This week the European Commission issued a 280.5 million euro fine against Microsoft for failing to fully respect their 2004 antitrust ruling. But first, a brief synopsis: In 2004, EC antitrust regulators ordered Microsoft to pay a massive 497 million euro fine for its ‘monopolization’ of the computer operating system market, and required that the software giant sell a version of its Windows operating system without Media Player software and divulge information on Windows source code needed by makers of rival products. In effect, the EC regulators argued that Microsoft’s success—and its desire to add to that success—made it a coercive threat to its customers and rival firms under the antitrust laws, and they punished Microsoft accordingly.
So what then was Microsoft’s answer to the EC regulators’ order? It paid its fine, offered a version of Windows minus its Media player technology (which predictably enough, no one wanted), and failed to sufficiently meet the EC’s demand that it open up Windows to rivals. In a press briefing on the day of the EC’s new fine, Microsoft general counsel Brad Smith cited the order’s “lack of clarity” as his firm’s defense.
“Lack of clarity?” All of antitrust is unclear. The “intent to monopolize” and “monopoly maintenance” can be interpreted to mean anything and is, as the history of antirust enforcement, from its beginnings with the case against Standard Oil to today’s case against Microsoft itself proves. Yet while Microsoft has made tremendous efforts to argue that it is innocent of violating the antitrust laws in the courts, it has nevertheless been unwilling to publicly attack these laws as such or question the premise behind them. The firm’s seeming position is that the antitrust laws are just fine—but they don’t apply to Microsoft. In the process, Microsoft has forfeited its most potent weapon against those who seek to regulate it.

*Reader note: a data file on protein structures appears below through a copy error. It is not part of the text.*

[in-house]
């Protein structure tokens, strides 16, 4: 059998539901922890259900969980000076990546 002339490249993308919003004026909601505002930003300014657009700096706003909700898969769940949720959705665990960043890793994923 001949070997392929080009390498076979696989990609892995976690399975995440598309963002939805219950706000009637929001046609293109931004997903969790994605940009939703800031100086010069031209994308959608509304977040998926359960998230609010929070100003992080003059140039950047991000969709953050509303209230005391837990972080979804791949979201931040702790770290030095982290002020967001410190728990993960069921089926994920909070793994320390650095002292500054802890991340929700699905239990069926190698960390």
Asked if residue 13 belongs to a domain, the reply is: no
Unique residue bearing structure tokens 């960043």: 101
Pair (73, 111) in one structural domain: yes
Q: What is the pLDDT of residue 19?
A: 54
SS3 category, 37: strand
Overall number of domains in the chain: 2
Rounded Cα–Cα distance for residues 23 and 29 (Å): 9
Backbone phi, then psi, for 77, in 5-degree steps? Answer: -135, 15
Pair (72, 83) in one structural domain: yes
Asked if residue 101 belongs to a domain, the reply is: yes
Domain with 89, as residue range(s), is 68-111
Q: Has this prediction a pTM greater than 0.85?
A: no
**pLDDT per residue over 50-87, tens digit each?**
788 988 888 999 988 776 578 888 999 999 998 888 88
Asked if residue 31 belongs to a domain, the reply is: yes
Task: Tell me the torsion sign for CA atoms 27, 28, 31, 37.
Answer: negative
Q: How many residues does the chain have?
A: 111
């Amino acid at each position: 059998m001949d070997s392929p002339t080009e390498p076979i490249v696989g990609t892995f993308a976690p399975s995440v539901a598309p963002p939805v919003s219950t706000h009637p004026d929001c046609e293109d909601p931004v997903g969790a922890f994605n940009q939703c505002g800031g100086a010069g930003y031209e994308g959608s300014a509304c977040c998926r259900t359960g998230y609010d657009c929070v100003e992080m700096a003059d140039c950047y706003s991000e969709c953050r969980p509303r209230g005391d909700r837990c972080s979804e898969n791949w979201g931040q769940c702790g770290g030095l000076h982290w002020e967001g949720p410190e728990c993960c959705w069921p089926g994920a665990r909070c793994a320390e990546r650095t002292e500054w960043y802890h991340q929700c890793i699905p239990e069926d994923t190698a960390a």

For at root, Microsoft was a tremendous firm (and I use the word “was” deliberately; for a company of its size, Microsoft has long ceased being an important technological innovator). More than any other company, it was Microsoft that launched the PC revolution which helped put a computer on every desk. Today however, Microsoft is only a shadow of what it once was, for despite all its denials, Microsoft has been effectively neutered by antitrust. Today it is Google that has invigorated search, Apple that has invigorated multimedia, and Mozilla Firefox that has invigorated web browsing—not Microsoft. Innovation and regulation don’t go hand in hand.